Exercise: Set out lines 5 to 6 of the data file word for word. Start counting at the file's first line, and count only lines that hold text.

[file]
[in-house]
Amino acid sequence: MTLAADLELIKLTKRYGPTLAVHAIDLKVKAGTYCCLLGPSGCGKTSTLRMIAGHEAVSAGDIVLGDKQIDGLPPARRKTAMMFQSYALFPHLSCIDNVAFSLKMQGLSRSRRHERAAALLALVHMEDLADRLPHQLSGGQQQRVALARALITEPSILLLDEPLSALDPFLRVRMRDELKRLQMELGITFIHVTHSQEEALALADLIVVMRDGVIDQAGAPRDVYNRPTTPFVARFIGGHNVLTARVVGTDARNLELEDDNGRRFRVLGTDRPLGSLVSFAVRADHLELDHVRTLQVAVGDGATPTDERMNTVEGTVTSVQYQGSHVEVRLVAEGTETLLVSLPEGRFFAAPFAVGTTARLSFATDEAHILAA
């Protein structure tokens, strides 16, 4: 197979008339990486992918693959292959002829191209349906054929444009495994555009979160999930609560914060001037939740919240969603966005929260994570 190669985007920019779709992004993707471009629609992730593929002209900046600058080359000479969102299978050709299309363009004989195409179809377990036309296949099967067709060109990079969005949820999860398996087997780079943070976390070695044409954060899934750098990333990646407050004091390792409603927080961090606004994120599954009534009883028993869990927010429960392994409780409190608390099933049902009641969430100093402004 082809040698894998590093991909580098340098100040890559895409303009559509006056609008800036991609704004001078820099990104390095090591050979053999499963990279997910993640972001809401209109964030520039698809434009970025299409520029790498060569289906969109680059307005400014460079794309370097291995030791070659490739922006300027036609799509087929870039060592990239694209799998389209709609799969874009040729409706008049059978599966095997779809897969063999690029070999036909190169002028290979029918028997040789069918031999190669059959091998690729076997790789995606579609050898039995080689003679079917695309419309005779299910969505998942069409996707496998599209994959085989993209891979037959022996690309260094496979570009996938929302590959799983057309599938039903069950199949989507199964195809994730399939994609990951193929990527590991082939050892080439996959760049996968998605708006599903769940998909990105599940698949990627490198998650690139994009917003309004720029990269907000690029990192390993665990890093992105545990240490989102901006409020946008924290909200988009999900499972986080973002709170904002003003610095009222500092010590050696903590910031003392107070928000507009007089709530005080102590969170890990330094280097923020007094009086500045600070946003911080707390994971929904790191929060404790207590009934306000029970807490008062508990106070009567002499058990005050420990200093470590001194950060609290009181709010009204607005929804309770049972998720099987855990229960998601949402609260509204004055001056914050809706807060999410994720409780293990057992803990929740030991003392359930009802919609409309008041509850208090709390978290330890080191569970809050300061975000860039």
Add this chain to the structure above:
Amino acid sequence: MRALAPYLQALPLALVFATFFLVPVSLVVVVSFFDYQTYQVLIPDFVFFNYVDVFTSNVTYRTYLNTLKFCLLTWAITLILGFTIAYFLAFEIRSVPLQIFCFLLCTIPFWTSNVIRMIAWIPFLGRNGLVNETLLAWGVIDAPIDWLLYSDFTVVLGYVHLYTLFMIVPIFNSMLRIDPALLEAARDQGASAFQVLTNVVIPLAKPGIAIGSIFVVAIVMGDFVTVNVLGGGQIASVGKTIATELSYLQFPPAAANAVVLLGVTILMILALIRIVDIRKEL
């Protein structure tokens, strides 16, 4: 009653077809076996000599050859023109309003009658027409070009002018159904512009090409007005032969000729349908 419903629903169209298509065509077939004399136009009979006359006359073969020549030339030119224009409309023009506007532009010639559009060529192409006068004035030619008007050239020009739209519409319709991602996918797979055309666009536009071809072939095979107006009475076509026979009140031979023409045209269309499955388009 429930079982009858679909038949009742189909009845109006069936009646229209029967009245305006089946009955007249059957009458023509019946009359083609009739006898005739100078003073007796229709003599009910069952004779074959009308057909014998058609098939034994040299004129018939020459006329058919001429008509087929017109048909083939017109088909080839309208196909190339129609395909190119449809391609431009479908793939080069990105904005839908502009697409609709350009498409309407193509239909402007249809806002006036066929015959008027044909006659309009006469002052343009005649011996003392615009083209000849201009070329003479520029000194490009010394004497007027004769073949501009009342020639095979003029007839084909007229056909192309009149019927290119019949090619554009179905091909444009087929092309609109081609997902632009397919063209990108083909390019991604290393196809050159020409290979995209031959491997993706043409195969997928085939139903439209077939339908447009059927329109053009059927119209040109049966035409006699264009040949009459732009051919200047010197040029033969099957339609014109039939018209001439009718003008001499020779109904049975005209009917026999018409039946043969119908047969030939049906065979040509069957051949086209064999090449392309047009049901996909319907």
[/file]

Amino acid sequence: MRALAPYLQALPLALVFATFFLVPVSLVVVVSFFDYQTYQVLIPDFVFFNYVDVFTSNVTYRTYLNTLKFCLLTWAITLILGFTIAYFLAFEIRSVPLQIFCFLLCTIPFWTSNVIRMIAWIPFLGRNGLVNETLLAWGVIDAPIDWLLYSDFTVVLGYVHLYTLFMIVPIFNSMLRIDPALLEAARDQGASAFQVLTNVVIPLAKPGIAIGSIFVVAIVMGDFVTVNVLGGGQIASVGKTIATELSYLQFPPAAANAVVLLGVTILMILALIRIVDIRKEL
């Protein structure tokens, strides 16, 4: 009653077809076996000599050859023109309003009658027409070009002018159904512009090409007005032969000729349908 419903629903169209298509065509077939004399136009009979006359006359073969020549030339030119224009409309023009506007532009010639559009060529192409006068004035030619008007050239020009739209519409319709991602996918797979055309666009536009071809072939095979107006009475076509026979009140031979023409045209269309499955388009 429930079982009858679909038949009742189909009845109006069936009646229209029967009245305006089946009955007249059957009458023509019946009359083609009739006898005739100078003073007796229709003599009910069952004779074959009308057909014998058609098939034994040299004129018939020459006329058919001429008509087929017109048909083939017109088909080839309208196909190339129609395909190119449809391609431009479908793939080069990105904005839908502009697409609709350009498409309407193509239909402007249809806002006036066929015959008027044909006659309009006469002052343009005649011996003392615009083209000849201009070329003479520029000194490009010394004497007027004769073949501009009342020639095979003029007839084909007229056909192309009149019927290119019949090619554009179905091909444009087929092309609109081609997902632009397919063209990108083909390019991604290393196809050159020409290979995209031959491997993706043409195969997928085939139903439209077939339908447009059927329109053009059927119209040109049966035409006699264009040949009459732009051919200047010197040029033969099957339609014109039939018209001439009718003008001499020779109904049975005209009917026999018409039946043969119908047969030939049906065979040509069957051949086209064999090449392309047009049901996909319907």